The interaction between Rodríguez and the cane-wielding woman has been cited as “the perfect encapsulation of white liberals who try and tell black people how they should think,” according to one Twitter user. “A white man stealing a mic from a black woman and telling her what to think? I don’t know how BLM thinks that was a good publicity for them,” tweeted one black woman. “He’s Latino… and was standing proudly with and for his black brothers and sisters who were also there making their voices heard. Don’t discount them… Pete already does not.” Rodríguez considers himself a “Bernie bro”, according to his social media. 

Though people are universally united in support of #GrandmaWithCane.

CREDIT: @MAXLEWISTV / TWITTER

I don’t care who you are and what you represent, but don’t be out here disrespecting our elders. They should of let grandma swing that cane just once,” tweeted @__Tiffany__84. “But #GrandmaWithCane is bringing me Joy tonight! Warms my heart!  #Respect!” replied @mcfetsch. “The cane wielder is 100% tired grandparent energy,” another commenter announced. Others are flocking to #GrandmaWithCane as representative of “every fed-up voter.”

READ: Pete Buttigieg Faces Backlash After 2011 Video Claiming Minority Children Don’t Know Anyone Who ‘Values Education’ Resurfaces

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Michelle Obama Recalled A Moment When Chicago Cops Accused Her Brother Of Stealing His Own Bike When He Was Just 10

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Michelle Obama Recalled A Moment When Chicago Cops Accused Her Brother Of Stealing His Own Bike When He Was Just 10

Paul Morigi / Getty

As most Black families in the United States know, growing up as a Black person is seen as a great threat in and of itself.

In a country where the rate of fatal police shootings among Black Americans is higher than that for any other ethnicity, it’s no wonder that this is true. Or, why learning to handle the police while Black is a lesson taught so prominently beneath the roofs of Black households.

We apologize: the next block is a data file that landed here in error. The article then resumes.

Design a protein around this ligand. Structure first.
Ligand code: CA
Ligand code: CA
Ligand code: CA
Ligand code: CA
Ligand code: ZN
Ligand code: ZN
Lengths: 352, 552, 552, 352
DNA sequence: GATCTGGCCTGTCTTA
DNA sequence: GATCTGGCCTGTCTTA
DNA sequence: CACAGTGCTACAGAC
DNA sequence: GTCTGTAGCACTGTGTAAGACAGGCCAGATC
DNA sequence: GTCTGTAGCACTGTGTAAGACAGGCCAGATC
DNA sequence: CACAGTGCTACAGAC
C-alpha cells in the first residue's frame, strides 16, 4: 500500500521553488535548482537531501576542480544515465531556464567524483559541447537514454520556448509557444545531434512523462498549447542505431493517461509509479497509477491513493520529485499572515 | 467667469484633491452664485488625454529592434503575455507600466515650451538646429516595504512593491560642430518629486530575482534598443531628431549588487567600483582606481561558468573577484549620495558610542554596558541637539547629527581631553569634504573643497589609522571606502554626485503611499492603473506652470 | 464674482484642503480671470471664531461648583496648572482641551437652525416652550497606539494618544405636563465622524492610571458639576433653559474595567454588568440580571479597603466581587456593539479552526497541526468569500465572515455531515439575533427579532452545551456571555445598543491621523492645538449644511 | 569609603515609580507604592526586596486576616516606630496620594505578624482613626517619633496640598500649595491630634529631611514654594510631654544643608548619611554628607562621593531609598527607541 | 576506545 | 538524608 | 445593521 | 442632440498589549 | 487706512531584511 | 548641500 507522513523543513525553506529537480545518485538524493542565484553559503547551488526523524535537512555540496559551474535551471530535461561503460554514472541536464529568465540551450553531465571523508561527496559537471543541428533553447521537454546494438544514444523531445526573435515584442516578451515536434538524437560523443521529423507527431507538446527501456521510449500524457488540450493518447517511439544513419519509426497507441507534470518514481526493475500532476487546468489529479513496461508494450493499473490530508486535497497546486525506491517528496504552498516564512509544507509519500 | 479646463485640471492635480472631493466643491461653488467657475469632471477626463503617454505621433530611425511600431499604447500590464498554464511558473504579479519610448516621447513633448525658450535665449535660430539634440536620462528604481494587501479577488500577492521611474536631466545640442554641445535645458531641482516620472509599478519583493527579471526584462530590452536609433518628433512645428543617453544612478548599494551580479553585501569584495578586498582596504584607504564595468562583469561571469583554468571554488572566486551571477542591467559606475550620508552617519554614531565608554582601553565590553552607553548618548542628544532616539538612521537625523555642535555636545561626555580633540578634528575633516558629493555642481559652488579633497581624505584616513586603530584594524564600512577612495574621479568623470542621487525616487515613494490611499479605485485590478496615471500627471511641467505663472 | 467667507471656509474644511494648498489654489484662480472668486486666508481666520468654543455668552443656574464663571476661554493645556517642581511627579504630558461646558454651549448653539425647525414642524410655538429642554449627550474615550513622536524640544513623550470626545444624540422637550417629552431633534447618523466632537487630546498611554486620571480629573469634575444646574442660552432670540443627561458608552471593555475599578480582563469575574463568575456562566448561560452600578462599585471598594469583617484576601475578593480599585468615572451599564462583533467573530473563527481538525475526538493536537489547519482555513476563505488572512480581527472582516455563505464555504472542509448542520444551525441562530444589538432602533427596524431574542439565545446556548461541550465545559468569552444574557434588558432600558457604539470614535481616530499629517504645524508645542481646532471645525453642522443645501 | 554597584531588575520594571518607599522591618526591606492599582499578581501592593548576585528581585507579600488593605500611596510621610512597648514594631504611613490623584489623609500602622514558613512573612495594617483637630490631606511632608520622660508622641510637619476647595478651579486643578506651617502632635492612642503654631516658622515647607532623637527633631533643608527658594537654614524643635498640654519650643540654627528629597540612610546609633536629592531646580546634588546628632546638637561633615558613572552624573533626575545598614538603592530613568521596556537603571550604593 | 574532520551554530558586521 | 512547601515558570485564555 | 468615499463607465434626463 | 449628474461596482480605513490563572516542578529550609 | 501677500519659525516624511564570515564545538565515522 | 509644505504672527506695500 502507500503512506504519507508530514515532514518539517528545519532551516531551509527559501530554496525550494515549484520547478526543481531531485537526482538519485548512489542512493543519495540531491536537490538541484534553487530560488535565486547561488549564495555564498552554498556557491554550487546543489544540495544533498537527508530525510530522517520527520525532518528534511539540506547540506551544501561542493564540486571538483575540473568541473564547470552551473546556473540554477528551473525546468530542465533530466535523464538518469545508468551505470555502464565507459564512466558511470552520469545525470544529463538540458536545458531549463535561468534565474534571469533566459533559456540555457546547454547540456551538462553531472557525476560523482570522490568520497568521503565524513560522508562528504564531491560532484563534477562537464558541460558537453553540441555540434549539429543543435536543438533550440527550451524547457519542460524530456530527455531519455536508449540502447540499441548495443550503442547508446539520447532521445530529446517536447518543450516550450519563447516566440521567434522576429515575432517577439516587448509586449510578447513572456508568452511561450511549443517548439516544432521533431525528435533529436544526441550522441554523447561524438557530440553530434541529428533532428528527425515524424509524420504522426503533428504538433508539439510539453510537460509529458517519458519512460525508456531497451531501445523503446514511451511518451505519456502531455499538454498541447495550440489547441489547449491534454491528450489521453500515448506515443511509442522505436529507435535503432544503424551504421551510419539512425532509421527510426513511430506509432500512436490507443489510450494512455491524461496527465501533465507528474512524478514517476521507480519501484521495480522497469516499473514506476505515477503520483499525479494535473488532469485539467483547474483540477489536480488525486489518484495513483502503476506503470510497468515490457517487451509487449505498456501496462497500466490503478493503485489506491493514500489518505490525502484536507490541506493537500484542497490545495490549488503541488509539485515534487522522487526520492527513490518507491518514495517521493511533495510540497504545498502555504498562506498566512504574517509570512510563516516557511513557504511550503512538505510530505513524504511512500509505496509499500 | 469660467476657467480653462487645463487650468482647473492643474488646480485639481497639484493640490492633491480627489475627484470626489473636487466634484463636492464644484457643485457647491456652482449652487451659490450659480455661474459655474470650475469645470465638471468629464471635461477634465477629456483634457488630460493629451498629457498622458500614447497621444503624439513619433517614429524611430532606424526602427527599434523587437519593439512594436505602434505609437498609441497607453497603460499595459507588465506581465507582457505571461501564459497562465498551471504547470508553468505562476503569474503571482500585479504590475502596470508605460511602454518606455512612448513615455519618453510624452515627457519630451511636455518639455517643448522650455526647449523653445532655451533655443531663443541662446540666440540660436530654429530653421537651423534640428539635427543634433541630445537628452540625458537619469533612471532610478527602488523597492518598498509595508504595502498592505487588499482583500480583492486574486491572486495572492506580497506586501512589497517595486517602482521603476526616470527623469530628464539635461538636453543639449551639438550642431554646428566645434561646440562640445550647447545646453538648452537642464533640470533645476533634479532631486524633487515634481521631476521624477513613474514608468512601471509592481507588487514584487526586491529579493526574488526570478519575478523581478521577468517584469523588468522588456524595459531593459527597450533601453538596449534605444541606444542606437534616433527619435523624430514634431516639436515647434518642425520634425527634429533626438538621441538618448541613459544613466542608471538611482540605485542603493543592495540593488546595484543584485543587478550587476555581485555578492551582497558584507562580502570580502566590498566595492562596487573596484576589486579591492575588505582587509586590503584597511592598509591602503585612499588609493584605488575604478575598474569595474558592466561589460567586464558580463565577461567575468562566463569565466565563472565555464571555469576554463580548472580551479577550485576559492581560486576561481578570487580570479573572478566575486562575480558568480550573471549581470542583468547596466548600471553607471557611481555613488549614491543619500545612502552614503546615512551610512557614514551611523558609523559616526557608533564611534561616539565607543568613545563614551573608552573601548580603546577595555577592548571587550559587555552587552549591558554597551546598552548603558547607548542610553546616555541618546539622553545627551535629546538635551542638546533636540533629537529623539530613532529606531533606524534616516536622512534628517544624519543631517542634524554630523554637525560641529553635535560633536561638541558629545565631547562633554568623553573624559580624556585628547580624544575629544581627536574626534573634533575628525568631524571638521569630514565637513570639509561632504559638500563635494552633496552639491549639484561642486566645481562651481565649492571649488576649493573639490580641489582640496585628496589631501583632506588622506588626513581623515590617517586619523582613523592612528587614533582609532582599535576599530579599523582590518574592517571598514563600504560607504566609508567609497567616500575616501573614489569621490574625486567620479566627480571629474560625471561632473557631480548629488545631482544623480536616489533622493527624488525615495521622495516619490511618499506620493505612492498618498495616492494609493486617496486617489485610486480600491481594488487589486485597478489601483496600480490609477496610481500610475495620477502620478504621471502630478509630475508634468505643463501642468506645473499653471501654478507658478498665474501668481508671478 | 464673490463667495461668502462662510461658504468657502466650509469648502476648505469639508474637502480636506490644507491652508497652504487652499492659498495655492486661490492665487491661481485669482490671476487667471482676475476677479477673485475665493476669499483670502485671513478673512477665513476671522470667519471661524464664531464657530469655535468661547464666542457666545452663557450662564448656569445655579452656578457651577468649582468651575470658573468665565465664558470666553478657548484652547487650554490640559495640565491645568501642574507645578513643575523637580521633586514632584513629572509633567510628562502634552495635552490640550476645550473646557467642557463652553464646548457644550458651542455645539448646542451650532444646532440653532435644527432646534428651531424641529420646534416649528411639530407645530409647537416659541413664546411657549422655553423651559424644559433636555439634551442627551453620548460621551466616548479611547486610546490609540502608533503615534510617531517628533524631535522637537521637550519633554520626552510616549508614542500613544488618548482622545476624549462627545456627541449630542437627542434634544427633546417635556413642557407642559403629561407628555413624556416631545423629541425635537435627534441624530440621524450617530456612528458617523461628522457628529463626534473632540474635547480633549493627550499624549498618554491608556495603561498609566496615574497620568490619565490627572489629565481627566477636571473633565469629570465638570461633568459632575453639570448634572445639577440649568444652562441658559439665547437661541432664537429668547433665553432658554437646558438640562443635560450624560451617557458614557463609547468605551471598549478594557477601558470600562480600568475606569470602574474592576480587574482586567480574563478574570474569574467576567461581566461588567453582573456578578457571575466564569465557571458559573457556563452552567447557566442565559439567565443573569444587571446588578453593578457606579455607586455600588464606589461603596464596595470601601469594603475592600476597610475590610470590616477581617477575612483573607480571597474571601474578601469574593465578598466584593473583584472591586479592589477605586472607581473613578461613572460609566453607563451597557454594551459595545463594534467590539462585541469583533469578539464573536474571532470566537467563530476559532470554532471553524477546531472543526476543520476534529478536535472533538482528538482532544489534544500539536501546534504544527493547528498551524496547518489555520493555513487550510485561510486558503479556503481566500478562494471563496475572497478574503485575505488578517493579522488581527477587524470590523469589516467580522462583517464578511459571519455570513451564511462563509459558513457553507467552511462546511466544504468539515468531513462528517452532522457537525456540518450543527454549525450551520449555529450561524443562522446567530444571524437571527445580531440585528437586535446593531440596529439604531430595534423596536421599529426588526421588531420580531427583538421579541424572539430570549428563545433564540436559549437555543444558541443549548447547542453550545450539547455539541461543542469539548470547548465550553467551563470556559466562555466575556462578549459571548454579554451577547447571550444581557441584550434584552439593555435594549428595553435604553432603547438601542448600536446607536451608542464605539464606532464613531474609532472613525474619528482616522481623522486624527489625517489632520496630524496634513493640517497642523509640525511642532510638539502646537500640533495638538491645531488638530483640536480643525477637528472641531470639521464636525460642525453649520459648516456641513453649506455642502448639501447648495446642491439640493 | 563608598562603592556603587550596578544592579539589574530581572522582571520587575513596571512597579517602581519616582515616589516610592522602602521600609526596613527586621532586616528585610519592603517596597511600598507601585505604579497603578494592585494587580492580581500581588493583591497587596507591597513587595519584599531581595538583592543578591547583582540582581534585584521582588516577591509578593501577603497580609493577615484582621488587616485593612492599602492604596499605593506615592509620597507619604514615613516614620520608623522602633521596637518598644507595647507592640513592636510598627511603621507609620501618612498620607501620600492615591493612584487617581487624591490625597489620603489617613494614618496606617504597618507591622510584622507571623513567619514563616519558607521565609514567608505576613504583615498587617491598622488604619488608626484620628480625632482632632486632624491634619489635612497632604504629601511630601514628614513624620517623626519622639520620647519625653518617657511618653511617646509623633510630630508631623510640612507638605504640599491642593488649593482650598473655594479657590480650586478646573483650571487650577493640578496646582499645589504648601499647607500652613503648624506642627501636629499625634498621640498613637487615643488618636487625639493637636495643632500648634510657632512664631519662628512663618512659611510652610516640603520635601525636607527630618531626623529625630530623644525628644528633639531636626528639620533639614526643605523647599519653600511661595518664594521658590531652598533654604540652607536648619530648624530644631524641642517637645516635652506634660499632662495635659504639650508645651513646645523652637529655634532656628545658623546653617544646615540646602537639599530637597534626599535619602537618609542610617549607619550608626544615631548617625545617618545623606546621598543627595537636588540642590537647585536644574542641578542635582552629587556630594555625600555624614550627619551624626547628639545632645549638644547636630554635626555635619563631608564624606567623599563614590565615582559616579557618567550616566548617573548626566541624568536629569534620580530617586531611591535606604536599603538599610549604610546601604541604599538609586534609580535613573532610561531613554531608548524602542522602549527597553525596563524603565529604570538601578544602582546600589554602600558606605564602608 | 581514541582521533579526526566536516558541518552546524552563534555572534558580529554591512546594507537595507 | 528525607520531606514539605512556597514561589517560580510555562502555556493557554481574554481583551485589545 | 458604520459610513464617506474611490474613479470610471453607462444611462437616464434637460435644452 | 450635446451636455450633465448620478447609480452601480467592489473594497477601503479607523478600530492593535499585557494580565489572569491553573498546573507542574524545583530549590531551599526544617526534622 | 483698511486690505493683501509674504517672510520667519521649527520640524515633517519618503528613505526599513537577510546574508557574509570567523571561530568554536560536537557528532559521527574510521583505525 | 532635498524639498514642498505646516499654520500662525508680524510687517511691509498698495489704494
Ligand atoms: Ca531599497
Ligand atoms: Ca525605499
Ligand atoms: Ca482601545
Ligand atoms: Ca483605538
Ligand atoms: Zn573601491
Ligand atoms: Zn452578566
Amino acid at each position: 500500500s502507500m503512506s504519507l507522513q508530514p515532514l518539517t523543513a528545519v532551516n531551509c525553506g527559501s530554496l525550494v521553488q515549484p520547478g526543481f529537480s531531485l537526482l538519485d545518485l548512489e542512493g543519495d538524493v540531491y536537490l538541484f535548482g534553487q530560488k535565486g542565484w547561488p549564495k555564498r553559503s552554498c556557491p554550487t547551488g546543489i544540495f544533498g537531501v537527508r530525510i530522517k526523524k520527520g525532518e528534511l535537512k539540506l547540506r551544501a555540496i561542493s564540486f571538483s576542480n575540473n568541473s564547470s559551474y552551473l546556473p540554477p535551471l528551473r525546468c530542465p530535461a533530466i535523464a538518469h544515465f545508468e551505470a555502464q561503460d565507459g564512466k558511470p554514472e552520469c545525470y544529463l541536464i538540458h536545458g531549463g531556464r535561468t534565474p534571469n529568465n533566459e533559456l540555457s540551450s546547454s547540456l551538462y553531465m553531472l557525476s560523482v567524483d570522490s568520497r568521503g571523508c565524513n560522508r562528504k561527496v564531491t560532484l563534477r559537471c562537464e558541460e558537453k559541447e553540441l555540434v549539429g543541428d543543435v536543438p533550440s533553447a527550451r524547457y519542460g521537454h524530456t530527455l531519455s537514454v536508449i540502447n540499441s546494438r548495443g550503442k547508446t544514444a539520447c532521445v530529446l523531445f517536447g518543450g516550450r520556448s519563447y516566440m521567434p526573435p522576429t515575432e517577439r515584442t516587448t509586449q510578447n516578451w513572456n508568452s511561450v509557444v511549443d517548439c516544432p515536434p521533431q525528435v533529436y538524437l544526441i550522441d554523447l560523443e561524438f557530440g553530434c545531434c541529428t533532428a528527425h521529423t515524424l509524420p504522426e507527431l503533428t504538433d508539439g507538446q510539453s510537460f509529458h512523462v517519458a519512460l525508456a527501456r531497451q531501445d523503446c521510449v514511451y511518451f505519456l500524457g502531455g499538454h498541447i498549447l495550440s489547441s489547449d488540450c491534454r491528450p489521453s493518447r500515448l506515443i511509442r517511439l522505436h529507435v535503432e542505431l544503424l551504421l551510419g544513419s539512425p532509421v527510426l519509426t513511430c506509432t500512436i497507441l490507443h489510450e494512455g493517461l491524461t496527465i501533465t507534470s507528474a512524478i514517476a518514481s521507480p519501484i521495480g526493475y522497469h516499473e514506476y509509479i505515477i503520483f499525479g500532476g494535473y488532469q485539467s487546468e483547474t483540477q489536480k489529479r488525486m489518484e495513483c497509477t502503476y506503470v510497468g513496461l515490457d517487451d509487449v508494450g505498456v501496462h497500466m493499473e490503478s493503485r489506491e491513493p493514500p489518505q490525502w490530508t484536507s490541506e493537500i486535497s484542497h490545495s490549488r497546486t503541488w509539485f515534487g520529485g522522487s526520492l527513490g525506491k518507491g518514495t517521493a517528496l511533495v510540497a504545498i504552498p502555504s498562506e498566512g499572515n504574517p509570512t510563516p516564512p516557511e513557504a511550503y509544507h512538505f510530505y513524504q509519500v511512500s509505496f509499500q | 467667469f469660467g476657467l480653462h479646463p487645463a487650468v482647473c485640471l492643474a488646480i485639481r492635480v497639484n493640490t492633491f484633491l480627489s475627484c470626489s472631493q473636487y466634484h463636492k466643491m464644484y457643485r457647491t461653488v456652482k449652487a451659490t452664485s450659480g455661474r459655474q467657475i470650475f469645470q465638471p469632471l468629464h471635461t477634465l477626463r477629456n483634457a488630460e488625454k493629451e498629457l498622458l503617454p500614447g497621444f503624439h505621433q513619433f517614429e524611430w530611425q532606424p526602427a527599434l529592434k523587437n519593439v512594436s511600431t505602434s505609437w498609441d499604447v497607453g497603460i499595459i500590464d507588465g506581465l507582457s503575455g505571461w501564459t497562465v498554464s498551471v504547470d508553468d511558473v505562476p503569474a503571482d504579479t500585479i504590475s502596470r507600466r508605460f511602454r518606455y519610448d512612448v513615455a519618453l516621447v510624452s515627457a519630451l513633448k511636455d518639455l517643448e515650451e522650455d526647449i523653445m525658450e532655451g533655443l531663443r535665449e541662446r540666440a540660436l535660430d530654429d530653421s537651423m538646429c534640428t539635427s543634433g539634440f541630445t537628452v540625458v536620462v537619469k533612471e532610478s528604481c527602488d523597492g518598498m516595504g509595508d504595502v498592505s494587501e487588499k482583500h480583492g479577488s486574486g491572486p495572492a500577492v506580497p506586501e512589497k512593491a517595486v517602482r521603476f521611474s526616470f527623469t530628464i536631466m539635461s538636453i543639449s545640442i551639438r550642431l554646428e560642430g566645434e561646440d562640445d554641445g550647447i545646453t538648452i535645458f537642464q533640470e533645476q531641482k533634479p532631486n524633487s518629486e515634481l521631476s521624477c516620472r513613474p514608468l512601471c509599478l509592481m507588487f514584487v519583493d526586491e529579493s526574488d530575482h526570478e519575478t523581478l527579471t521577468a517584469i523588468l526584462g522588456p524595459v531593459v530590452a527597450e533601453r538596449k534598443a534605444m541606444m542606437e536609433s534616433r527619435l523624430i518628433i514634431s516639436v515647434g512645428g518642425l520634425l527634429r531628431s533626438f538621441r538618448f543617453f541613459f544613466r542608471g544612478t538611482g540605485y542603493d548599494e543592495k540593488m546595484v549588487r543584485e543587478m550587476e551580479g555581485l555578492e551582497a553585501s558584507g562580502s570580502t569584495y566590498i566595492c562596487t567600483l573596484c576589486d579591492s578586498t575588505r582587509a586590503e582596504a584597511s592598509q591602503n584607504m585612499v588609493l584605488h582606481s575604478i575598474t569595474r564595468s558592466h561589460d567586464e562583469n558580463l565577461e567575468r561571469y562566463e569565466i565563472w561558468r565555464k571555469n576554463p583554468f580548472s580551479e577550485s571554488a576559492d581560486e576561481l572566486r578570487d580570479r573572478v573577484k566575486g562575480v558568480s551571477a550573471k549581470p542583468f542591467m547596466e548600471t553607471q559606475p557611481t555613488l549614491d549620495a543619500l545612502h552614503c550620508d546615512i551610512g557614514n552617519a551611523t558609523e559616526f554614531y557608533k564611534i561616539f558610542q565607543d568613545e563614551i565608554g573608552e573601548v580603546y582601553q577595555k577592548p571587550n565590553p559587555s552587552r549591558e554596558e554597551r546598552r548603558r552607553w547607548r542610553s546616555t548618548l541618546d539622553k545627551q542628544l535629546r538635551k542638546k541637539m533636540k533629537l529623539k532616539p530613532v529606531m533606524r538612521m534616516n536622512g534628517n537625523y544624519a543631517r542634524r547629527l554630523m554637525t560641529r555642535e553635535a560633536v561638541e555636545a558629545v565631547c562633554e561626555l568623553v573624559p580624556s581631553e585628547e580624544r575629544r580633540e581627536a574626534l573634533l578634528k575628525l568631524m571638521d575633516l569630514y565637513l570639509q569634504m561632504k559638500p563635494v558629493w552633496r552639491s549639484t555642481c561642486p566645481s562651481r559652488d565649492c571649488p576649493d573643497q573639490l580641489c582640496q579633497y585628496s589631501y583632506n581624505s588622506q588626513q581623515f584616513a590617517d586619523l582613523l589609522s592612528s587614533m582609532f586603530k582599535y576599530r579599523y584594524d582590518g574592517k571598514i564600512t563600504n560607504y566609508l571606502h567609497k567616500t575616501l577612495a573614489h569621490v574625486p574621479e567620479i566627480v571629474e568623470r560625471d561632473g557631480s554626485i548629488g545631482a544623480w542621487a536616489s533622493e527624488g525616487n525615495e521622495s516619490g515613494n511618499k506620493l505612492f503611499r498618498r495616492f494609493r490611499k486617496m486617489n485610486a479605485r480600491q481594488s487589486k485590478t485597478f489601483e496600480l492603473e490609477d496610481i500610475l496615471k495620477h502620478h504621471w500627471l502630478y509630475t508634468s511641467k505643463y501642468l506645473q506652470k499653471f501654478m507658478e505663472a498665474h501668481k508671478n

In a recent episode of her podcast, Michelle Obama revealed that she and her brother Craig Robinson learned this lesson years ago in a confrontation with the police.

Speaking with her brother in her podcast, Obama recalled the day Robinson was accused of stealing his own bike.

Speaking with her brother, a former basketball coach, and her mother Marian Robinson about childhood and parenting, Obama brought up a moment in which Craig was stopped by a couple of police officers while riding his bike.

At the time, Robinson was about 10 or 11 years old and had been gifted the yellow ten-speed Goldblatt by his parents. While riding the bike, a police officer grabbed hold of it and refused to let go despite Craig’s pleas and protests that the bike was his.

“I was like ‘Oh, you got this all wrong, this is my bike. Don’t worry, this isn’t a stolen bike,’ and [the cop] would not believe me, and I was absolutely heartbroken. And I finally said to him, ‘Listen, you can take me to my house, and I will prove to you, this is my bike,” Robinson recalled.

Fortunately, Obama’s mother was home at the time and ushered Craig inside of the house, while she dealt with the police. As her son recalls, “she had that tight lip” as she confronted the officers who had accused her son of stealing his own bike.

Robinson revealed that she discovered the officers were friends with the people who had made the complaint about Craig stealing the bicycle and demanded they come to her house so that they could “admit [they] made a serious mistake.”

Robinson described the experience as a “heartbreaking” one at various times throughout the interview.

“I could tell [the cops] were trying to ask me questions that would trip me up,” he recalled. “If I wasn’t so sure that that bike was mine and showed any kind of reticence, I could see them taking me off to the police station, not calling mom until after I’ve been, you know, booked or whatever they do.”